Teaching

IV125 Formela Seminar

This is an internal seminar of the Formela laboratory which aims at building a solid background in specific areas relevant to our current research. The material is presented both by senior Formela members and the participating students (undergraduate students are welcome). The emphasis is put on deep understanding of the presented material, which is verified by frequent questions and enforced by merciless feedback. The concrete topics may differ in each term, but usually we follow some book or a collection of papers.

Spring 2017

  • Topic 1: Continuous-time Markov chains
  • Source: J.R. Norris: Markov Chains. Cambridge Series in Statistical and Probabilistic Mathematics, 1997.
  • Time and Place: TBA, C417.
  • Topic 2: Deep learning
  • Source: TBA
  • Time and Place: TBA, C417.
  • Topic 3: Algorithmic Model Theory: automata, logic, and graphs
  • Source: TBA
  • Time and Place: TBA, C417.
  • Topic 4: FO logic and model checking on graphs
  • Source: relevant research papers
  • Time and Place: Thursday 8-10, C417.

Autumn 2016

  • Topic 1: Continuous-time Markov chains
  • Source: J.R. Norris: Markov Chains. Cambridge Series in Statistical and Probabilistic Mathematics, 1997.
  • Time and Place: Tuesday 12:00-13:40, C417.
  • Topic 2: Deep learning
  • Source: I. Goodfellow, Y. Bengio, A. Courville: Deep Learning. MIT Press, 2016. http://www.deeplearningbook.org/
  • Time and Place: Wednesday 8:10-9:50, C417.
  • Topic 3: Combinatorial geometry and geometric graphs
  • Source: TBA
  • Time and Place: Friday 12:00-13:50, C417.
  • Topic 4: Mixing in Markov Chains
  • Source: Speed of mixing in DTMC, eigenvectors and eigenvalues.
  • Time and Place: Tuesday 9:30-11:20, C417.

Spring 2016

  • Topic 1: Measure theory
  • Source: Jeffrey S. Rosenthal: First Look at Rigorous Probability Theory. World Scientific Publishing Company, 2006.
  • Time and Place: Monday 10:00-11:40, C417.
  • Topic 2: Graph Crossing Numbers - a structural view
  • Research-oriented working seminar, starting from the basics of topological and structural graph theory, and studying in depth the rich structure of crossing-critical graphs (with many open fundamental questions).
  • Time and Place: C417, currently Tuesday 12-14, C417.
  • Topic 3: Algorithmic Model Theory: automata, logic, and graphs
  • Source: TBA
  • Time and Place: C417, time based on mutual agreement
  • Topic 4: Fundamentals of Artificial Intelligence: Markov Decision Processes with Perfect and Partial Information
  • Source: TBA
  • Time and Place: TBA

Autumn 2015

  • Topic 1: Measure theory
  • Source: Jeffrey S. Rosenthal: First Look at Rigorous Probability Theory. World Scientific Publishing Company, 2006.
  • Time and Place: Monday 10:00-11:40, C417.
  • Topic 2: Graph Minors, Sparsity, and Beyond
  • Source: TBA
  • Time and Place: TBA
  • Topic 3: Fundamentals of Artificial Intelligence: Markov Decision Processes with Perfect and Partial Information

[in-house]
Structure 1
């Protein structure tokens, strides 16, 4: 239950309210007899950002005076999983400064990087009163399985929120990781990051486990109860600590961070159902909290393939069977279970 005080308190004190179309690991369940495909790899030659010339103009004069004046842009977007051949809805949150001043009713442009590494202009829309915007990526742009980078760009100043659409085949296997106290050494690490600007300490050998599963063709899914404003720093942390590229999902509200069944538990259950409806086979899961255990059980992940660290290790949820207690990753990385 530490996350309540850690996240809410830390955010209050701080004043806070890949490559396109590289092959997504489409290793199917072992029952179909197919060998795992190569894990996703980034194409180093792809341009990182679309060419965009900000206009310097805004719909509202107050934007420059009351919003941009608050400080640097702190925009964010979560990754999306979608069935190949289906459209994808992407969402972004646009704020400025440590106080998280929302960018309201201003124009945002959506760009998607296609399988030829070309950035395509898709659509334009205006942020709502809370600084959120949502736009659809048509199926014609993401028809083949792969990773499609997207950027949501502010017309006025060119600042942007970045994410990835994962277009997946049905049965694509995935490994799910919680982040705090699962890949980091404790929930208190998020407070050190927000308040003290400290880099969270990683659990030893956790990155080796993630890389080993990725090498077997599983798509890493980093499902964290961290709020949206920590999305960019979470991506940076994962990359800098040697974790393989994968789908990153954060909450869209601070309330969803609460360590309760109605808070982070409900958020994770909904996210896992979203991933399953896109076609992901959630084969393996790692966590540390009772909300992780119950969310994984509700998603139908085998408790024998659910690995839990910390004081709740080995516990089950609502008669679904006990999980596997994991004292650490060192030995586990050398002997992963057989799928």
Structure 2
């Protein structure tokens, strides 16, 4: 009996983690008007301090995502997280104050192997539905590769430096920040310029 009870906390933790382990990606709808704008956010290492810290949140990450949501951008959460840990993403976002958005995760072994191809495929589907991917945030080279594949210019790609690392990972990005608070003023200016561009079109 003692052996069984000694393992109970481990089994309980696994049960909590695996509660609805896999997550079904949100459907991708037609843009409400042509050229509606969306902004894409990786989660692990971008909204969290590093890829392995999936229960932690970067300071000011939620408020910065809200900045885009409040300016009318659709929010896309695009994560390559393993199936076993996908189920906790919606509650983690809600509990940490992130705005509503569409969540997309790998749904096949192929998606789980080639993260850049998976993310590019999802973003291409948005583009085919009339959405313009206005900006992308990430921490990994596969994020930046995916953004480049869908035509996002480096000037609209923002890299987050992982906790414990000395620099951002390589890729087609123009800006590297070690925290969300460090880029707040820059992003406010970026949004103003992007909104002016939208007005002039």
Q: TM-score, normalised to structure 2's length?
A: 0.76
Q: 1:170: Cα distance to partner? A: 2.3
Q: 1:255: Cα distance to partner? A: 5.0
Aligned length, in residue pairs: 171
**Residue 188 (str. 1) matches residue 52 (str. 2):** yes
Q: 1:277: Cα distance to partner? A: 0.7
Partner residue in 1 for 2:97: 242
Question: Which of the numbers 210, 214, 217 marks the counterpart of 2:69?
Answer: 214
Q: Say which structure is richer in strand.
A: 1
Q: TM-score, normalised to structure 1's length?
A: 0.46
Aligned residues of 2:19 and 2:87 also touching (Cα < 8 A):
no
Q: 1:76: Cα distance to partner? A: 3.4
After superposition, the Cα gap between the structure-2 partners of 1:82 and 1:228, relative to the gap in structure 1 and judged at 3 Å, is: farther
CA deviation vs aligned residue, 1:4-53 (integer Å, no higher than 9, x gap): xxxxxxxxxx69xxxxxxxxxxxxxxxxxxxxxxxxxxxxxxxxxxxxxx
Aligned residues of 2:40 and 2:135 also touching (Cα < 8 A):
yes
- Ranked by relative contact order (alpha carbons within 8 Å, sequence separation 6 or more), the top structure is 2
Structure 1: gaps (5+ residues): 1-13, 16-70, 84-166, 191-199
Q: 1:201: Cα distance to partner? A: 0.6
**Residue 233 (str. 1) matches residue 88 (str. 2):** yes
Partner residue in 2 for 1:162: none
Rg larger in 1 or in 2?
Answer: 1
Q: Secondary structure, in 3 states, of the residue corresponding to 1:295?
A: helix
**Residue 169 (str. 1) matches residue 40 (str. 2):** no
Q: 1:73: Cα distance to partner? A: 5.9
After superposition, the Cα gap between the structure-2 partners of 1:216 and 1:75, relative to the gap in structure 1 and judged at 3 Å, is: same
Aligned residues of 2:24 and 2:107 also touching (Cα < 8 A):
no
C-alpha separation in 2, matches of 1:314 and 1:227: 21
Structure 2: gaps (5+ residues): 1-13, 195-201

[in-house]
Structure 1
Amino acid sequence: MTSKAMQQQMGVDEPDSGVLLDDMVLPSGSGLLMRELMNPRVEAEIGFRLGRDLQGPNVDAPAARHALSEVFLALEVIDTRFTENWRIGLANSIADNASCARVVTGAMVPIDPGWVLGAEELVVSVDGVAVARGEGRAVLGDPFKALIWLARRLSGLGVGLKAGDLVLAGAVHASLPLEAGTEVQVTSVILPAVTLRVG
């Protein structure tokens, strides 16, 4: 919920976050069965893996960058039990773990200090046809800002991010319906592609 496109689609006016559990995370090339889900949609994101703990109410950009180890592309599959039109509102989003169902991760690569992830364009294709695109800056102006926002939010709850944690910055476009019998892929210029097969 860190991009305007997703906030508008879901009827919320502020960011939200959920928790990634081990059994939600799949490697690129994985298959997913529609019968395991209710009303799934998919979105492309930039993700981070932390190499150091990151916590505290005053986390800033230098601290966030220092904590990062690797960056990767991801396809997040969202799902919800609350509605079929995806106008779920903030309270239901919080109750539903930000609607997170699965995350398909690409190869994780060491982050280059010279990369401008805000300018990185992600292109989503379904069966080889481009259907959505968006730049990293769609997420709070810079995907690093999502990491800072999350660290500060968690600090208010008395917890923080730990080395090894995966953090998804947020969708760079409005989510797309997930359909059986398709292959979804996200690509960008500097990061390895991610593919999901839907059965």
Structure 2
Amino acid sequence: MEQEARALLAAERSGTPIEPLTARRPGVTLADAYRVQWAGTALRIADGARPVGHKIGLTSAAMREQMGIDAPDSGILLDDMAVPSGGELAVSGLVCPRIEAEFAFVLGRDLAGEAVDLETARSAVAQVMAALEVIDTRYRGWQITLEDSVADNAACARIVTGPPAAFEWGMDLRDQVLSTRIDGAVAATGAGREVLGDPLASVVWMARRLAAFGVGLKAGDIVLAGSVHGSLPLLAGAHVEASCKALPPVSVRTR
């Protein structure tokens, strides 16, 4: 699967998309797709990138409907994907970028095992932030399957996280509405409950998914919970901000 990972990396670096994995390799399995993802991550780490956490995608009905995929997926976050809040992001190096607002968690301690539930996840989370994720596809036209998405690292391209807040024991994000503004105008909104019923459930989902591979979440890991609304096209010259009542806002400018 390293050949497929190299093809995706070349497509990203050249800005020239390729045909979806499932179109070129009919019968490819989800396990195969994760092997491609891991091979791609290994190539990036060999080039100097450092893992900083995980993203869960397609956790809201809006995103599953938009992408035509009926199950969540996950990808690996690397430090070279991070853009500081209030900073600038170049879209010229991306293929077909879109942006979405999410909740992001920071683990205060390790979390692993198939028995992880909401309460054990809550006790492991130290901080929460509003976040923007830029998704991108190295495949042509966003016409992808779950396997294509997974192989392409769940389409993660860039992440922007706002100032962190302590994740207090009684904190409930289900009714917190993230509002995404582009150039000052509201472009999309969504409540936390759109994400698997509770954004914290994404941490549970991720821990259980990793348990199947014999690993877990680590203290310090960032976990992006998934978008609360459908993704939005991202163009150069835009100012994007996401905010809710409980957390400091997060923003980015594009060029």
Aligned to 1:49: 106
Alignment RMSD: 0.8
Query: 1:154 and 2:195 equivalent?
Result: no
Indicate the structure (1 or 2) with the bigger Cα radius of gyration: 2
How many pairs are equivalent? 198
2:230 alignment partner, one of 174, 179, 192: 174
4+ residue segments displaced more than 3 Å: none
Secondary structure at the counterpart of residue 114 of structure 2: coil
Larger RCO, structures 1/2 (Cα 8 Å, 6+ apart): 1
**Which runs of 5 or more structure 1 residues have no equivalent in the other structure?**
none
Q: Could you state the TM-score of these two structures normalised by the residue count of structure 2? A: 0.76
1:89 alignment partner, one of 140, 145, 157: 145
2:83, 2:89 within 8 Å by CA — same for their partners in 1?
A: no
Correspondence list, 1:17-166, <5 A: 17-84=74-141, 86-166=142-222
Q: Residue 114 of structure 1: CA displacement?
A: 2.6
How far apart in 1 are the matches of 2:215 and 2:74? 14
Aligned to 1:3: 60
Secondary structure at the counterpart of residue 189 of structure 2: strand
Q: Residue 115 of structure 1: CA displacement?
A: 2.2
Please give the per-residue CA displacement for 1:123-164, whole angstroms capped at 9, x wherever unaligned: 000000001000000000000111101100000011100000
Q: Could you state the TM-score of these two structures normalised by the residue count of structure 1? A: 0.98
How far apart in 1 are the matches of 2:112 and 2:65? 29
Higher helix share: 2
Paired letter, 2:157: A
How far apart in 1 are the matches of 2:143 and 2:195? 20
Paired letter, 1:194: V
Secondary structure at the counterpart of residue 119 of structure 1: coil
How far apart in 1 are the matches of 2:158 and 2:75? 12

• Source: TBA
  • Time and Place: TBA

Spring 2015

  • Topic 1: Measure theory
  • Source: Jeffrey S. Rosenthal: First Look at Rigorous Probability Theory. World Scientific Publishing Company, 2006.
  • Time and Place: Wednesday 14:00-15:40, C417.
  • Topic 3: Infinite state games
  • Source: collection of papers
  • Time and Place: Monday 10:00-11:40, C417.

Autumn 2014

  • Topic 1: Probabilistic Graphical Models: Principles and Techniques
  • Source: D. Koller and N. Friedman. The MIT Press, 2009.
  • Time and Place: Monday, 13:00-14:40, C417.
  • Topic 2: Queues and Queueing Networks
  • Source: G. Giambene. Queueing Theory and Telecomunications: Networks and Applications. Springer, 2005. and L. Lipsky. Queueing Theory: A Linear Algebraic Approach. Springer, 2009.
  • Time and Place: Monday, 15:00-16:40, C417.
  • Topic 3: Patrolling Games
  • working seminar based on a number of articles and current research results
  • Time and Place: Wednesday, 8:00-9:40, C417.

Specialized Courses for Bachelor and Master Students

The following courses supervised by Formela members are open to all undergraduate students, but they focus on rather specific topics. The number of enrolled students is usually small and the tuition is interactive. The students are expected to develop solutions to the presented problems and give short talks. The emphasis is on attractiveness and beauty of the presented material.

IV119 Seminar on Discrete Mathematical Methods

The aim of this seminar is to introduce interested students into the beauties of mathematics and of clean mathematical proofs. It is based on the famous textbook “Proofs from THE BOOK” (Aigner-Ziegler). This will teach students mathematical thinking - to understand math definitions, statements, and proofs in their full depth, and to make their own new proofs in all areas of mathematics and theoretical computer science. Particular topics cover: Number theory; Combinatorics; Combinatorial geometry; Graph theory.

Detailed course information: official IV119, informal

IV075 Seminar on Stochastic Methods in Computer Science

The course concentrates on selected topics in applied probability theory and game theory motivated by concrete practical problems. For each problem, a minimal amount of mathematical theory sufficient for solving the problem is presented. Then, the students are asked to solve the initial problem by using appropriate software tools. A special attention is devoted to the following areas:

  • Markov decision processes and stochastic games.
  • Modelling and analysis of basic board games, the existence and computation of equilibrium values and optimal strategies.
  • The existence, properties, and computation of stationary distributions in Markov chains. PageRank and similar applications.
  • Multiplayer games. Nash equlibria. Internet auctions.

Detailed course information: IV075 Seminar on Stochastic Methods in Computer Science

teaching.txt · Last modified: 2017/02/14 09:44 by Petr Hlineny